Bee Swarm Kills Dog In Los Angeles; 5 Facts About Killer Bees

By Staff Reporter on March 18, 2013 1:18 PM EDT

Bees
Bee Swarm (Photo: Creative Commons)

A bee swarm kills a dog in North Hollywood, California, on Saturday. According to reports, a neighbor was cutting down a tree, agitating a hidden bee hive.

KTLA reports that the man cutting the tree managed to flee down the street to escape the angry swarm. Unfortunately, 5-year-old pit bull "Babe" was unable to escape the bees. A devastating incident that escalated in a matter of seconds, neighbors were especially concerned as small children were playing in nearby yards at the time. Thankfully, the kids were unharmed.

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"We've all got kids and dogs," said one neighbor to KTLA. "Luckily they didn't hurt any kids, but it's terrible they hurt a dog."

The Los Angeles Fire Department neutralized the bees with foam chemicals. However, the threat of bees will remain until the tree and the hive is removed. While it is unclear what variety of bee attacked, many experts believe the Africanized variety, also known as killer bee, was responsible.

Unfortunately, 5-year-old Babe was not the first dog to be attacked as several incidents in Southern California involving "killer" bee attacks on dogs have been reported in recent years. Last year, an aggressive swarm killed three out of four dogs owned by an Altadena, California family. A bee hive was discovered in the wall cavity near the water heater inside the family's home.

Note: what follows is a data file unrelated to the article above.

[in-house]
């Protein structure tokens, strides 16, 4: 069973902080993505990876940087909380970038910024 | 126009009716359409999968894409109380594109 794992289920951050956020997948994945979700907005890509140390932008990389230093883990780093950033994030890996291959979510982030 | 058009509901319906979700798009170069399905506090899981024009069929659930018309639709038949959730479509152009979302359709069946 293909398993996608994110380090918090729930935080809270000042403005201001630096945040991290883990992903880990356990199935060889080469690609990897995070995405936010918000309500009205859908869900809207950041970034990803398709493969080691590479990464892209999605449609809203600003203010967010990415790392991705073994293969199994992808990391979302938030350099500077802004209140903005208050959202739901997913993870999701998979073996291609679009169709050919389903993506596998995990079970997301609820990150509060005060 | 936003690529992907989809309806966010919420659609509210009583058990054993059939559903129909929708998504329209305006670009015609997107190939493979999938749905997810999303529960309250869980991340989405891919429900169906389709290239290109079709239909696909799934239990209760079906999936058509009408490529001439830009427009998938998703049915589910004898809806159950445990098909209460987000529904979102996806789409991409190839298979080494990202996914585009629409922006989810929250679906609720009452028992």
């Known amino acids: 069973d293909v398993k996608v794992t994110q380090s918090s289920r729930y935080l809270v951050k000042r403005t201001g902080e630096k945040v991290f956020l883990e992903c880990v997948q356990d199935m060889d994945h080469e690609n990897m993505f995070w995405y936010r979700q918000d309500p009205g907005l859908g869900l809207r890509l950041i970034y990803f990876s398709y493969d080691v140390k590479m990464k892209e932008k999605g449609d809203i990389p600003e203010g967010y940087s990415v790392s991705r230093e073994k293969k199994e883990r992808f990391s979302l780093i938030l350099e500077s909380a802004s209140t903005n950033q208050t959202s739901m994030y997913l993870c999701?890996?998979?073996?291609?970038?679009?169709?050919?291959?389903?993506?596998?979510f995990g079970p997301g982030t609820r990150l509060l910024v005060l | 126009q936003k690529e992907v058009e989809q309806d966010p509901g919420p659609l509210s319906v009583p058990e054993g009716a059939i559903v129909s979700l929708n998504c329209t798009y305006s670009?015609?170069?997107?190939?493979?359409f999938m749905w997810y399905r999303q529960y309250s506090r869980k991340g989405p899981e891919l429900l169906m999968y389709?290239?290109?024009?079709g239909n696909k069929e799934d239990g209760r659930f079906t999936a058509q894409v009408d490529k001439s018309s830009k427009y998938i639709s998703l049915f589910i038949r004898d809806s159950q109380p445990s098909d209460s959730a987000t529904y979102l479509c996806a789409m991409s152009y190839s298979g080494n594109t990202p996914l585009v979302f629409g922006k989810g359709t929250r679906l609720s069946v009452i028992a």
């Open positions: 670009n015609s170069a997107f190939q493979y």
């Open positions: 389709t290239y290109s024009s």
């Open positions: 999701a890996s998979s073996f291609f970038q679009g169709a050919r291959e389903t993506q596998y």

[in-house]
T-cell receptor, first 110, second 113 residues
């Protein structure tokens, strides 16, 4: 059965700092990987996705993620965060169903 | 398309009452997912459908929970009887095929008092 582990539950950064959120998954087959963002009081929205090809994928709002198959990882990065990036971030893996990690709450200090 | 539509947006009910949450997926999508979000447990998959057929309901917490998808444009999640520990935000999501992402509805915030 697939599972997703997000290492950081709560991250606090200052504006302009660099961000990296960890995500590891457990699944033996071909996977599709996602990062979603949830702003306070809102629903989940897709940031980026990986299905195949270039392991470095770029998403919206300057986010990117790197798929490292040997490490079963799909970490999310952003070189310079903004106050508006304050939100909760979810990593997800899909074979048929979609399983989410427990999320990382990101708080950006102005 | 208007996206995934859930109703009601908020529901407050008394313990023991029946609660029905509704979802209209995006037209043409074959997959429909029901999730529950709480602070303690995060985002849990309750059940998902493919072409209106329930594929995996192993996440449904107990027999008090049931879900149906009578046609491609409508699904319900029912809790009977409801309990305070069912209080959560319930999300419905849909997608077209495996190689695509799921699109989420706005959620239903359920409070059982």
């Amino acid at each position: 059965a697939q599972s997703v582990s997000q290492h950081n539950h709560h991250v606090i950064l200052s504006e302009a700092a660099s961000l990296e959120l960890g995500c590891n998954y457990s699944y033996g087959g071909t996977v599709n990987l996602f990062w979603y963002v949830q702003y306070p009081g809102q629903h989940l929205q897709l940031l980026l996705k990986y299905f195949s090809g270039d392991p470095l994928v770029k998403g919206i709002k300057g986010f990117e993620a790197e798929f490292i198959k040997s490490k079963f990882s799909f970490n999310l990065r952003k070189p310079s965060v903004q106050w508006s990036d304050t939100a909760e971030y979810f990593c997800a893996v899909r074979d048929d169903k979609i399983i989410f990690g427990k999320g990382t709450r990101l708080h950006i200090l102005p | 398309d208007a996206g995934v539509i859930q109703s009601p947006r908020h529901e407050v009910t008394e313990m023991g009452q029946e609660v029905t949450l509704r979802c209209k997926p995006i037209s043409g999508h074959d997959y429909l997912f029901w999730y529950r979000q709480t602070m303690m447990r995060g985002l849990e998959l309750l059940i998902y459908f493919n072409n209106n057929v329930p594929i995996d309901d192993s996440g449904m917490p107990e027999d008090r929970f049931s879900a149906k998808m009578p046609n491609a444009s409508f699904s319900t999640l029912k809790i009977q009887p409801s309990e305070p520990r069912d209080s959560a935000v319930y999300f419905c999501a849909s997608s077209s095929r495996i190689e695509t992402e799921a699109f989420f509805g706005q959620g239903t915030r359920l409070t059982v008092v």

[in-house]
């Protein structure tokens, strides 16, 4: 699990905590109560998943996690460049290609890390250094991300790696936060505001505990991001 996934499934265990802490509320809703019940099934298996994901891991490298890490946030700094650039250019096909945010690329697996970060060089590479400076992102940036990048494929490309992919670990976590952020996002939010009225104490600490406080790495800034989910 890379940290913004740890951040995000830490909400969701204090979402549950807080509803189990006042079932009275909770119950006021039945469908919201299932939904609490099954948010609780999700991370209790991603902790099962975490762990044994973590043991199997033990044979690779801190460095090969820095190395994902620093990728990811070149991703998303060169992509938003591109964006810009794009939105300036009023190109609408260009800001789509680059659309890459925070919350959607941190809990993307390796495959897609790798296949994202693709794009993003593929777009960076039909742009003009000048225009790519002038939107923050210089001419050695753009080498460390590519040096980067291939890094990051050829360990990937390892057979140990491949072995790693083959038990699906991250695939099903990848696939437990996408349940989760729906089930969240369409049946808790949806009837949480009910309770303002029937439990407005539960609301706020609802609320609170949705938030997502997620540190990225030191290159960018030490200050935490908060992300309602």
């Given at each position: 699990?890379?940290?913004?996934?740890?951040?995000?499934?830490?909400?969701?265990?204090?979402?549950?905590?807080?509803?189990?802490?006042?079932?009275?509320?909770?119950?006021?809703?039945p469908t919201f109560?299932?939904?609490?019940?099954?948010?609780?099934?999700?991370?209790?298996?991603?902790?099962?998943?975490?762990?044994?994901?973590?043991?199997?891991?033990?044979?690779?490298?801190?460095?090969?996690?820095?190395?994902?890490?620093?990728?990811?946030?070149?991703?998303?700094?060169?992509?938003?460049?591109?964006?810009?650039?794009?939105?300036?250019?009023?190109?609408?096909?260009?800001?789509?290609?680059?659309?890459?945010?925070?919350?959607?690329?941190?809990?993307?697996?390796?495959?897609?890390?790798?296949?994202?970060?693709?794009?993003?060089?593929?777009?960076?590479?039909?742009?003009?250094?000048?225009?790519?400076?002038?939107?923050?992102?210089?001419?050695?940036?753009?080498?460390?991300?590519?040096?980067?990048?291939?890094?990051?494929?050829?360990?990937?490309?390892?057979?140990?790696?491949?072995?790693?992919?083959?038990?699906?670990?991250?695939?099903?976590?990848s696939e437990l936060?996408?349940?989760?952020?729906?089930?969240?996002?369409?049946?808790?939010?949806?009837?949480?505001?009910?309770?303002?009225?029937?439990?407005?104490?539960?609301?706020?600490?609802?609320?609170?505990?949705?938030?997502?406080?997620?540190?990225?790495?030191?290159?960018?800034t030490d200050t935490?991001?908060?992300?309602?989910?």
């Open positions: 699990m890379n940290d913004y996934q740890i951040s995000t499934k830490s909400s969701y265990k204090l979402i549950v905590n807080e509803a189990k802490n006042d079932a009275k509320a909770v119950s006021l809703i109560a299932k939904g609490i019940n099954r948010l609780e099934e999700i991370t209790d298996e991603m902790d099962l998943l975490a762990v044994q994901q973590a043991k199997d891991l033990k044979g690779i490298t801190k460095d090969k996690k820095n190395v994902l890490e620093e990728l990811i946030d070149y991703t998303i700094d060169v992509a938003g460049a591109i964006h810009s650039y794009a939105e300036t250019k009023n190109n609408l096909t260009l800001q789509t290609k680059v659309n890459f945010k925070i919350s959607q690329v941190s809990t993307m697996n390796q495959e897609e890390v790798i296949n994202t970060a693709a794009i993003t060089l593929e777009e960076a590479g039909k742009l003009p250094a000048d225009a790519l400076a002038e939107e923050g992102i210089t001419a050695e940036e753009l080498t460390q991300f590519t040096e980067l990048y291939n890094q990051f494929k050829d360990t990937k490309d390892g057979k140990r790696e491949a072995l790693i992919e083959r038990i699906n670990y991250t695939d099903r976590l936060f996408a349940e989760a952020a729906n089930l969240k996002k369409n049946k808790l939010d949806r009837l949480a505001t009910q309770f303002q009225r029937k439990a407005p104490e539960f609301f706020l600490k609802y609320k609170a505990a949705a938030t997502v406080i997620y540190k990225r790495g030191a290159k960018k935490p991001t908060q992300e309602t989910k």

Here are five things you should know about the dangerous Africanized "killer" honey bee:

5.) Africanized honey bees are not bred for beekeeping. Bees of Europe such as Italy's Apis Mellifera ligustica have been bred for honey for thousands of years. Beekeepers prefer to eliminate the fierce strains during the breeding process. As a result, European bees have been gentled. Africanized honey bees have not.

4.) Bees of central and southern Africa must adapt to the more challenging environment of Africa's sub-Saharan. Africanized honey bee varieties must defend against other aggressive insects, as well as animals like the honey badger, which can destroy hives if the bees are unable to defend themselves.

More likely to attack against a perceived threat, African bees can pursue a target for over a mile when. Scientists deem the African bees' trait as hyper-defensive behavior.

3.) The toxins from an Africanized honey bee sting is no more potent than any other variety of honey bee. However, the African bee is significantly more dangerous as it is more easily provoked, quicker to swarm, attack in greater numbers, and pursue targets for greater distances.

2.) Despite the fear factor of "killer" bees, stings from African bees kill just one or two people per year in the United States.

1.) Should a person encounter an angry swarm of African bees, the only option is to run. Victims should protect their face and sensitive head areas. Pulling a shirt over one's head can be an option as long as it does not slow one's running.

Run for an indoor shelter if one does not manage to outrun the swarm. Check for injuries or allergic reactions.

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